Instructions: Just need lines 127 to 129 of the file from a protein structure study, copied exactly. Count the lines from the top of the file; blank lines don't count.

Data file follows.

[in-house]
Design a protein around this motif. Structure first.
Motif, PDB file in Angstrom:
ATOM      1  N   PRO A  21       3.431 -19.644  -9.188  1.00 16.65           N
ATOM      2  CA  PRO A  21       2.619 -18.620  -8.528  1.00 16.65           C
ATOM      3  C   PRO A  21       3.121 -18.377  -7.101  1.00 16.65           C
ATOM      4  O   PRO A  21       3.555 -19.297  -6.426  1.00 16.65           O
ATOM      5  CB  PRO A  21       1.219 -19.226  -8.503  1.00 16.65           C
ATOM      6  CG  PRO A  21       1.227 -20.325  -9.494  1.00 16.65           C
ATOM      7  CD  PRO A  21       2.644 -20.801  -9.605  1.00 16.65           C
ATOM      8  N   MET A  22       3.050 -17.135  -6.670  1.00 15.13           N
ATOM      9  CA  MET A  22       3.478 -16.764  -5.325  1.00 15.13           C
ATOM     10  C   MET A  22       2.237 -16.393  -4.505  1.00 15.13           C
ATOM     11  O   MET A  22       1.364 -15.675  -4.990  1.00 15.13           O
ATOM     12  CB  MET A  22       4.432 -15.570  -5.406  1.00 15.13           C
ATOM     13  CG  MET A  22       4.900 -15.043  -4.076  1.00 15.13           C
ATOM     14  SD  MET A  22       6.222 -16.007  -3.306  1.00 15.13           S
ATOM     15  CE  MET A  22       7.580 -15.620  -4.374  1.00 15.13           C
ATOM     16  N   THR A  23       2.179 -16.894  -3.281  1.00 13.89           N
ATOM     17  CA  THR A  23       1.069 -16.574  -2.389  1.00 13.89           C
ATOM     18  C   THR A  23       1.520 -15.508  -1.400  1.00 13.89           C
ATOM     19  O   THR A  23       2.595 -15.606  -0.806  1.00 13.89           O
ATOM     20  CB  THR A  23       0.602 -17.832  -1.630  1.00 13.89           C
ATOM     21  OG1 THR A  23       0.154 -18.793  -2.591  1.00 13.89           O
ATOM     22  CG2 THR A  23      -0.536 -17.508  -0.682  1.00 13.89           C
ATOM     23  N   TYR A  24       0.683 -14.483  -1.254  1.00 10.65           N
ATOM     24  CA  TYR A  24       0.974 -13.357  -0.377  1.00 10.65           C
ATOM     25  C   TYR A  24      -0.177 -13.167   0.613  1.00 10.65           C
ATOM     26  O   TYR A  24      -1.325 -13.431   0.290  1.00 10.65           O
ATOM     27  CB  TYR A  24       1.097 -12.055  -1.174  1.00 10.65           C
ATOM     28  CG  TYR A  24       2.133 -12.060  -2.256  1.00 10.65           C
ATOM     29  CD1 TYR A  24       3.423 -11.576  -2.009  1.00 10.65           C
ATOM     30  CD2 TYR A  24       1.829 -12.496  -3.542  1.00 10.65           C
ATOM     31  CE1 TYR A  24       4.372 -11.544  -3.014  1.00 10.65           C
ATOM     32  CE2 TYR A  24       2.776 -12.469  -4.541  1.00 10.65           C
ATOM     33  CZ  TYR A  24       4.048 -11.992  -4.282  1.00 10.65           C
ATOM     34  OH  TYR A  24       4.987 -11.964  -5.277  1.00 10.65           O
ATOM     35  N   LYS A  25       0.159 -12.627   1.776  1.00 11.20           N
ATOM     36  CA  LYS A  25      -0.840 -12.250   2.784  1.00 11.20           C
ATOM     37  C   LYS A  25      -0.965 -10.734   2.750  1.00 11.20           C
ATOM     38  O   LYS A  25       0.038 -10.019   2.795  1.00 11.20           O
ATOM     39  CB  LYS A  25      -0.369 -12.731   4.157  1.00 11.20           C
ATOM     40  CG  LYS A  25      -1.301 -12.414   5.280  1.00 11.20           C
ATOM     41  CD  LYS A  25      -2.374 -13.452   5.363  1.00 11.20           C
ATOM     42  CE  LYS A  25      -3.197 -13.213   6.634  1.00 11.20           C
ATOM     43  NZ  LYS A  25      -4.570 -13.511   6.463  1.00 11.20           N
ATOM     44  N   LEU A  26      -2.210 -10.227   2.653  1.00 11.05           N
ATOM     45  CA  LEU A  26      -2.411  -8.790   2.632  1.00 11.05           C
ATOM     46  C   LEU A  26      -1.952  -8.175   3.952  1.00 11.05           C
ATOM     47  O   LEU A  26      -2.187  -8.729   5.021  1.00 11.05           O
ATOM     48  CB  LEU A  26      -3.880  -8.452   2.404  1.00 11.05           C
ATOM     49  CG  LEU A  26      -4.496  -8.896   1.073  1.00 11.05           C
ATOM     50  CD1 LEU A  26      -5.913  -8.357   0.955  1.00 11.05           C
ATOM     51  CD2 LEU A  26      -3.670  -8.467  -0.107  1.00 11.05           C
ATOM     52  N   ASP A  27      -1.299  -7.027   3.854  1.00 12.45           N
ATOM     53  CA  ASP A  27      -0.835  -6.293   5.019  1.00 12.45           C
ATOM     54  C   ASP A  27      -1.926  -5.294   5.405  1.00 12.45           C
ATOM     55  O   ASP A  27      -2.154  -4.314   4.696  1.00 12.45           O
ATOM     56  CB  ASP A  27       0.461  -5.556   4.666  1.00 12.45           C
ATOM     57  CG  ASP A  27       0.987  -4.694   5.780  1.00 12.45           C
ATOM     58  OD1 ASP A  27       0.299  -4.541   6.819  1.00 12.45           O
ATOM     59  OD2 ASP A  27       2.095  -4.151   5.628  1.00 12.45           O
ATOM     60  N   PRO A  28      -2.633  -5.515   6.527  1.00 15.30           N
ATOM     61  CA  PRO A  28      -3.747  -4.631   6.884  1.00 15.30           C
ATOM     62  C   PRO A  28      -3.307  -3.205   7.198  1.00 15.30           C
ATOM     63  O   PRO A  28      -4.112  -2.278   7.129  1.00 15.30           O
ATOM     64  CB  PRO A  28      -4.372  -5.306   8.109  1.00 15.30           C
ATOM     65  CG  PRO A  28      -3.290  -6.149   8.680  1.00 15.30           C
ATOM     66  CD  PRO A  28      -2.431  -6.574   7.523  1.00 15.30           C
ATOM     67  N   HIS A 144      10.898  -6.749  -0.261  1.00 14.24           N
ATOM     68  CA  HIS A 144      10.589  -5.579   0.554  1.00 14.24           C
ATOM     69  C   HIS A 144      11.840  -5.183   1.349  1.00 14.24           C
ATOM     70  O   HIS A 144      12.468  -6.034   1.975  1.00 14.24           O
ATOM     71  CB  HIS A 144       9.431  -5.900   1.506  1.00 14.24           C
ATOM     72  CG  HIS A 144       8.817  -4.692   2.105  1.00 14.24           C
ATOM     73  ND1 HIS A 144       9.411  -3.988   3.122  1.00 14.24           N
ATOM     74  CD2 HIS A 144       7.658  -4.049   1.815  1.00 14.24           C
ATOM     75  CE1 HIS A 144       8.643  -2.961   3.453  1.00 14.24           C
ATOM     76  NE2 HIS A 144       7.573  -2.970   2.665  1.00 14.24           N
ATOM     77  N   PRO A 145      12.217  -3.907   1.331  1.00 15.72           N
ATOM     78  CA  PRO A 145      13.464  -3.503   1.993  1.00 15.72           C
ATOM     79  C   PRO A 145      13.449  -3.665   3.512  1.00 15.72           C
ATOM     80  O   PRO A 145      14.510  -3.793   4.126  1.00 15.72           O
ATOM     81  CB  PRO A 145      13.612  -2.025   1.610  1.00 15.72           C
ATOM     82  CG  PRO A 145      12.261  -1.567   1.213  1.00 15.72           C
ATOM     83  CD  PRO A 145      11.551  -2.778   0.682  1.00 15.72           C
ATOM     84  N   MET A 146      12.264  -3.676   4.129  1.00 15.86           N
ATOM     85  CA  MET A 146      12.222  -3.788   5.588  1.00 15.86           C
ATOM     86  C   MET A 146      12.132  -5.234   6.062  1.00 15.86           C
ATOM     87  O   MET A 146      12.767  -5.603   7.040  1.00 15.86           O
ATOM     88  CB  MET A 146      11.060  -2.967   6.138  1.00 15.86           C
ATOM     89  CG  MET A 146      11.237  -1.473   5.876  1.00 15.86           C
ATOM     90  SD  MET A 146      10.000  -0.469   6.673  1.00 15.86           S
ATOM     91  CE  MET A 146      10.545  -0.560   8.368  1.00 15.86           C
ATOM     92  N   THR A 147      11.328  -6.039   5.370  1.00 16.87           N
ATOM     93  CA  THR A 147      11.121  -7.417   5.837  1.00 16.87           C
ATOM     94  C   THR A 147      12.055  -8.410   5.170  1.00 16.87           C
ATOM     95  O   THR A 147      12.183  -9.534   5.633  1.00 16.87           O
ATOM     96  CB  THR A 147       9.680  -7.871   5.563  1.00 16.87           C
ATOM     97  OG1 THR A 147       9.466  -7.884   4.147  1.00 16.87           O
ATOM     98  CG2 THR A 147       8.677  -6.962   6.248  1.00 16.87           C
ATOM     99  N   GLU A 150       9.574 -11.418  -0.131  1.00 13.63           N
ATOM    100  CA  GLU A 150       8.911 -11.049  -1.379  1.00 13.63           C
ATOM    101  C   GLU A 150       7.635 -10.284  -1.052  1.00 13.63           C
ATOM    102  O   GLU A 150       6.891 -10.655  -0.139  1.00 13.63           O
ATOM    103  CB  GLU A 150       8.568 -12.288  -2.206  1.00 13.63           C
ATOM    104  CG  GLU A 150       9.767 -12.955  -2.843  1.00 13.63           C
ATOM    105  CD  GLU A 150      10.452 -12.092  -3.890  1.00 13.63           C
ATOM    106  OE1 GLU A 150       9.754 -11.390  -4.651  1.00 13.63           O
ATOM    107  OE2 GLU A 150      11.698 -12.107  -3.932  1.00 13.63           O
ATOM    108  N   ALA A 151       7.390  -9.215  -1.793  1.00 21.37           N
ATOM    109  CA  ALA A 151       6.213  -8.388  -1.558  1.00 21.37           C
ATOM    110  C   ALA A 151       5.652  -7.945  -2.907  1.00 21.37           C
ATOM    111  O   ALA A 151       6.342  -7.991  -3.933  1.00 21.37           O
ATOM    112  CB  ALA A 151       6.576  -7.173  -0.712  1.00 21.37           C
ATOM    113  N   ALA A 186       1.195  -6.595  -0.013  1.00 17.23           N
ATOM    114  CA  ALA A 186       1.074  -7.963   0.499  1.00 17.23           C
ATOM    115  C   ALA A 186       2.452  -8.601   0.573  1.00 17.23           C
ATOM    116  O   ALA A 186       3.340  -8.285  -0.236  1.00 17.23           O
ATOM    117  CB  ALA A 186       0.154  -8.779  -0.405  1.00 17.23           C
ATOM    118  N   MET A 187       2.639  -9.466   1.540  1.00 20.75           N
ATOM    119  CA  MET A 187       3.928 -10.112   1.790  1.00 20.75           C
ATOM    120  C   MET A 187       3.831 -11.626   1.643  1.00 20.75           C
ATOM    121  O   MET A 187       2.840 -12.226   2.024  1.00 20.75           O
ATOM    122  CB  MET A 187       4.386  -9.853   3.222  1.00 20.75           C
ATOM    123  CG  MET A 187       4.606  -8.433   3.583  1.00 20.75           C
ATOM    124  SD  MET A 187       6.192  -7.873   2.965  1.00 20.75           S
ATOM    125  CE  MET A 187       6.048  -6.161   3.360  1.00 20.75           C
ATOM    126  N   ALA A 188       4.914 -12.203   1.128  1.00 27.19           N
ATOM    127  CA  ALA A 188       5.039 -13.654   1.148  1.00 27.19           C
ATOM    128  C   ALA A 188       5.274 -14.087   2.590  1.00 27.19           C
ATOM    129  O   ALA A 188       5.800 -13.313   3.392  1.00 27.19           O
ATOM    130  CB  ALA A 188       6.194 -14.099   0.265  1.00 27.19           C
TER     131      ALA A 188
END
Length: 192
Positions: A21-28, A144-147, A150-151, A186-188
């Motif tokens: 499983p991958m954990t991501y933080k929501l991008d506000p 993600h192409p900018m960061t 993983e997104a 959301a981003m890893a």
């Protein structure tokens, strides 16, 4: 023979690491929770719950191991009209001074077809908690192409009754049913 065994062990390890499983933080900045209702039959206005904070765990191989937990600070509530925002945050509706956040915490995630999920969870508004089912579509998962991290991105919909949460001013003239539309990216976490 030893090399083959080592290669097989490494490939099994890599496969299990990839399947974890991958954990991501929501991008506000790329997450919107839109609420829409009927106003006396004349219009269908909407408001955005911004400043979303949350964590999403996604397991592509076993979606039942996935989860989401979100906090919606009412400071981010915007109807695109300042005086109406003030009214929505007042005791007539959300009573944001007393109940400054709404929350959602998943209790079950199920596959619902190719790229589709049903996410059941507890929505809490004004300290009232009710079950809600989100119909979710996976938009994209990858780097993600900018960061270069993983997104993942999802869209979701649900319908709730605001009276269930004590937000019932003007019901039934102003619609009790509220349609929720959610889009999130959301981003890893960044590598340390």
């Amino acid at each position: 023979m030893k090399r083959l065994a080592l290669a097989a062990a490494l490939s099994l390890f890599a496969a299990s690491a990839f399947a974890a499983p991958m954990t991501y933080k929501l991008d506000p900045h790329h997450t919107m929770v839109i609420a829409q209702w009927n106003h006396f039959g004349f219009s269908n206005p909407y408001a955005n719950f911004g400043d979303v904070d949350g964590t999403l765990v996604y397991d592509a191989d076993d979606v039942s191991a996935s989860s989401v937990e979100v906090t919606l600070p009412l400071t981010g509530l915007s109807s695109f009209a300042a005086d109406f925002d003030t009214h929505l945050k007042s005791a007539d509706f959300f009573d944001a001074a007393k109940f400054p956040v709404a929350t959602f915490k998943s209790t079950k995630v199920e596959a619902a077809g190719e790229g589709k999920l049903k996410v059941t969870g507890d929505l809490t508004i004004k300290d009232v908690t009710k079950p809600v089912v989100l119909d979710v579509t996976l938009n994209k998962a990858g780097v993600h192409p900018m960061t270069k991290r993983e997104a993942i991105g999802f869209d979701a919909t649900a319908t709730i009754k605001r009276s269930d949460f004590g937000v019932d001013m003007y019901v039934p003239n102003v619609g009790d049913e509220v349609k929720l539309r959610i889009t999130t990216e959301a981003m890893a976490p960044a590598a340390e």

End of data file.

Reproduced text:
ATOM    124  SD  MET A 187       6.192  -7.873   2.965  1.00 20.75           S
ATOM    125  CE  MET A 187       6.048  -6.161   3.360  1.00 20.75           C
ATOM    126  N   ALA A 188       4.914 -12.203   1.128  1.00 27.19           N